FSP Aurum Xilenser AU-500FL 500W

FSP is one of the largest manufacturers for OEM power supplies and adapters. Now they're launching a new fanless series, the "Aurum Xilenser", for users that want absolute silence. We have the AU-500FL on our test bench today. Like the previous Aurum offerings, the new generation is 80 Plus Gold certified.

The casing for the AU-500FL has more ventilation holes than we're used to seeing, with perforations on practically every available spot! Besides the bottom (where a large fan might normally sit) and the back, Fortron has holes on the front and sides of the casing. Even the top (not shown, and assuming a top-mounted PSU; otherwise this is the "bottom") has a few extra holes to help with cooling. With no fan, there's obviously a need to remove heat and the extra ventilation should help in that regard. Of course, even a very slow fan would help a lot more, and perhaps a good CPU heatsink with a large, low-RPM 120mm fan is just what the doctor ordered. If you still want to be completely fanless, though, we'd exercise extreme caution before trying to stuff in 500W of components and other hardware!

Package Contents and Power Rating
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  • JarredWalton - Friday, April 20, 2012 - link

    I should clarify: sites with referral codes so that you get money from any purchases are clearly spam and will be treated as such. If you link to Newegg for a relevant product and your post has a reason for the link, I'm not going to ban you. But if you have a referral code in there, beware! Reply
  • Iketh - Saturday, April 21, 2012 - link

    pwned Reply
  • mtoma - Saturday, April 21, 2012 - link

    Mr. Kaffei said: "The AU-500FL has four PCIe connectors—quite nice for a passively cooled PSU".
    Why should this be a good thing? Who puts 2, 3 or 4 video cards in a system with a passive unit? I'm sure that no one, at least of all the targeted market of this unit. I see other manufacturers make similar moves: Seasonic puts two 6 pin connections in his 460W fanless models. I don't see why?
    Perhaps someone care to clarify?
    Reply
  • Iketh - Saturday, April 21, 2012 - link

    I'm using both 6 pin connections from my seasonic 460w for a 6870... I may not understand your post.

    My system pulls 220w with prime95 running while playing a game (2600k and 6870) using a mild 3.8ghz overclock. I could throw another 6870 in there and still have 140w of headroom.
    Reply
  • mtoma - Saturday, April 21, 2012 - link

    What I meant was that who uses a powerful video card does not target absolute silence in a computer and I presume the target market of a such power supply is aiming absolute silence. Otherwise, (like you case) you may be better off with a more powerful PSU, in the same money you buy a Seasonic 460W fanless. Reply
  • Iketh - Saturday, April 21, 2012 - link

    That's entirely an incorrect assumption. I do work with my "gaming" rig, and need it as quiet as possible.

    And I would only increase my power consumption if I went with a more powerful p/s because of efficiencies at certain loads. Most of it would be wasted!
    Reply
  • Martin Kaffei - Saturday, April 21, 2012 - link

    "Who puts 2, 3 or 4 video cards in a system with a passive unit?"
    Under certain conditions a fanless PSU can be useful. This PSU has high output reserves and is able to power most SLI and CrossFire setups. Please take a look at the following link:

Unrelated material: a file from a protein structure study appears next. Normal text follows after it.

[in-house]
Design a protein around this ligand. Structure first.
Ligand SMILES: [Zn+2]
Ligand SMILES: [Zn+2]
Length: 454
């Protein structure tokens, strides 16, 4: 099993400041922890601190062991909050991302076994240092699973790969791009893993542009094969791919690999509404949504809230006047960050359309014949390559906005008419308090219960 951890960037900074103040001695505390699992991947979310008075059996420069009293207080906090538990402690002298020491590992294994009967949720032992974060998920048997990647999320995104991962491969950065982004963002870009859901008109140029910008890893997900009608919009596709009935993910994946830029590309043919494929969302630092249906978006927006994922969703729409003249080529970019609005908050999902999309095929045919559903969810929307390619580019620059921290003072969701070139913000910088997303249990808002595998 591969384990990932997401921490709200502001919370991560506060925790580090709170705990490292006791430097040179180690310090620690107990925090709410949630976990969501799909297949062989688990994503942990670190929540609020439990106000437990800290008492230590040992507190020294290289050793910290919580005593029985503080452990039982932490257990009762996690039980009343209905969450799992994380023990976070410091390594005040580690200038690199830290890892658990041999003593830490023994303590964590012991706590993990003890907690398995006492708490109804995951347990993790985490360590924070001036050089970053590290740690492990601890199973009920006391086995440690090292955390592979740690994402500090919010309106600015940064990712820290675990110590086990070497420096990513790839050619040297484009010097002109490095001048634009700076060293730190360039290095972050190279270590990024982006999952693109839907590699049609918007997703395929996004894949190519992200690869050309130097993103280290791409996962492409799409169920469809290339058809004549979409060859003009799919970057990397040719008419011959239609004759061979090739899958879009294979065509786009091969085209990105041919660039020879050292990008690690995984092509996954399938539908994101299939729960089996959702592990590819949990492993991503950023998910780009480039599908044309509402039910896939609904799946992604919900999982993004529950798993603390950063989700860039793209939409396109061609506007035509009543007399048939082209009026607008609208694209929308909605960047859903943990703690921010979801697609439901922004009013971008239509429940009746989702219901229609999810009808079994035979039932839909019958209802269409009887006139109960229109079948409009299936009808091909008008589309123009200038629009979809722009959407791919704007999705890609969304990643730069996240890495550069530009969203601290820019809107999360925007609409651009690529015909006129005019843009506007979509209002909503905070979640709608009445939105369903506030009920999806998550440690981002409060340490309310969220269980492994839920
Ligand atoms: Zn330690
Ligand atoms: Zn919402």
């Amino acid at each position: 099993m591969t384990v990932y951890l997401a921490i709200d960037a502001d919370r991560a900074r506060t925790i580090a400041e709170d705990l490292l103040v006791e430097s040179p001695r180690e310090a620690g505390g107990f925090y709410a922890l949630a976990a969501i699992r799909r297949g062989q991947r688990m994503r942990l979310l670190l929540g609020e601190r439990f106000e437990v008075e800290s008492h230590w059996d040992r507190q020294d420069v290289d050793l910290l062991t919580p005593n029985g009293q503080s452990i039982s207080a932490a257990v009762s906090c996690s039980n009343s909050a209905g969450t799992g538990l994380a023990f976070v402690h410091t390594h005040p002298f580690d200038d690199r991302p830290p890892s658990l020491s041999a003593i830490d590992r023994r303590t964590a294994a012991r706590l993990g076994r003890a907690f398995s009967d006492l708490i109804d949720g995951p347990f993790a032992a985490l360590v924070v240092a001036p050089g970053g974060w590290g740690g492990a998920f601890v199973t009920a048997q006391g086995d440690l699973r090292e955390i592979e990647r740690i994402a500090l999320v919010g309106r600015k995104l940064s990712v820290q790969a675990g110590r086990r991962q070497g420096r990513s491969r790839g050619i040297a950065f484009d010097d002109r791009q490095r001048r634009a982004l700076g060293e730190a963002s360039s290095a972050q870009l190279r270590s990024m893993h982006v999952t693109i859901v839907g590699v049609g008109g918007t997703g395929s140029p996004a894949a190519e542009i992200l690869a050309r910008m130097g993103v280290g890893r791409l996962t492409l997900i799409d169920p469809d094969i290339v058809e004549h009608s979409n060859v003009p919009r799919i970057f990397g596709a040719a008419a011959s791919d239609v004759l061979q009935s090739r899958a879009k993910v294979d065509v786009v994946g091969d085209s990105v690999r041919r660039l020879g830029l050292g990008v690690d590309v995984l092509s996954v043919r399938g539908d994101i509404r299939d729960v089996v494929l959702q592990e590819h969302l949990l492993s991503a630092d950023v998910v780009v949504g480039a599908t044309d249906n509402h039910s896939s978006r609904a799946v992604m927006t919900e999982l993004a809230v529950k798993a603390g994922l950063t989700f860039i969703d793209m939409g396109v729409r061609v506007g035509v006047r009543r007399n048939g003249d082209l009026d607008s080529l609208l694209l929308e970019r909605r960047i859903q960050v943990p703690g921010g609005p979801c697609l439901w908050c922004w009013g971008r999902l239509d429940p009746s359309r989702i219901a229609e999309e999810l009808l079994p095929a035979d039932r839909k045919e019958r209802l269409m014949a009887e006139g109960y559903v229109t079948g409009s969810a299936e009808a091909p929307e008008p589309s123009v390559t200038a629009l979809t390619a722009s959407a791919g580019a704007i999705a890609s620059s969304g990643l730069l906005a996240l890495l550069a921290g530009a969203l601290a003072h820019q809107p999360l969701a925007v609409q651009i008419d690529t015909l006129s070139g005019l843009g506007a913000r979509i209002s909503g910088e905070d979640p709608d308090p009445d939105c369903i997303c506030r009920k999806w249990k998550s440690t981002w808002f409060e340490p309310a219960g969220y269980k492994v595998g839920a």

http://www.computerbase.de/artikel/grafikkarten/20...

    The hole PC with two GTX 680 needs 432W from power grid. The Seasonic X-Series X-660 in this PC has about 90% efficiency so the DC load is just 388.8W and far below the power rating of this PSU. Image the value setups with cheaper GPUs have. Of course cooling will be a problem and GPUs are usually louder than common PSUs, but some users might be interested in using water cooling for their graphics cards. It's a small target group but they would be quite unhappy without these solutions.

    In addition there are more than enough single-chip GPUs with two 6-pin connectors, so two plugs are the minimum for a 400-500W PSU. Another good reason for fanless PSU is that fans are the only moving part in a PSU and very sensitive. Lifetime can be much longer without a fan when installing more powerful components.

    Btw. you don't need to use my last name, Martin is enough.
    Reply
  • Pappnaas - Sunday, April 22, 2012 - link

    To support Martin's comment:

    From a silencers point of view it even might be worth a try to team up two passivly cooled cards, even if the number of suited modells may be small.

    You might disagree, but that doesn't necessaryly mean your point of view represents all views.
    Reply
  • szimm - Sunday, April 22, 2012 - link

    Why the arrow-shaped ventilation holes...? Well, I guess it looks fancy depending on your tastes, but it seems like they would have gotten better airflow out of it by by not making the holes that shape. And isn't that the whole point? Maybe they are hoping the hot air will see the arrows and move out of the case... Reply
  • bryanl - Monday, April 23, 2012 - link

    Could you explain this statement in the review?

    "The overall design definelty looks like a Seasonic X-460FL with different caps and no line filtering stage."

    Because I see a line filter in the lower right of the large photo of the interior, attached to the AC socket. If it's not such a filter, what are the differential choke, 2 small disk Y capacitors, and yellow X capacitor?
    Reply

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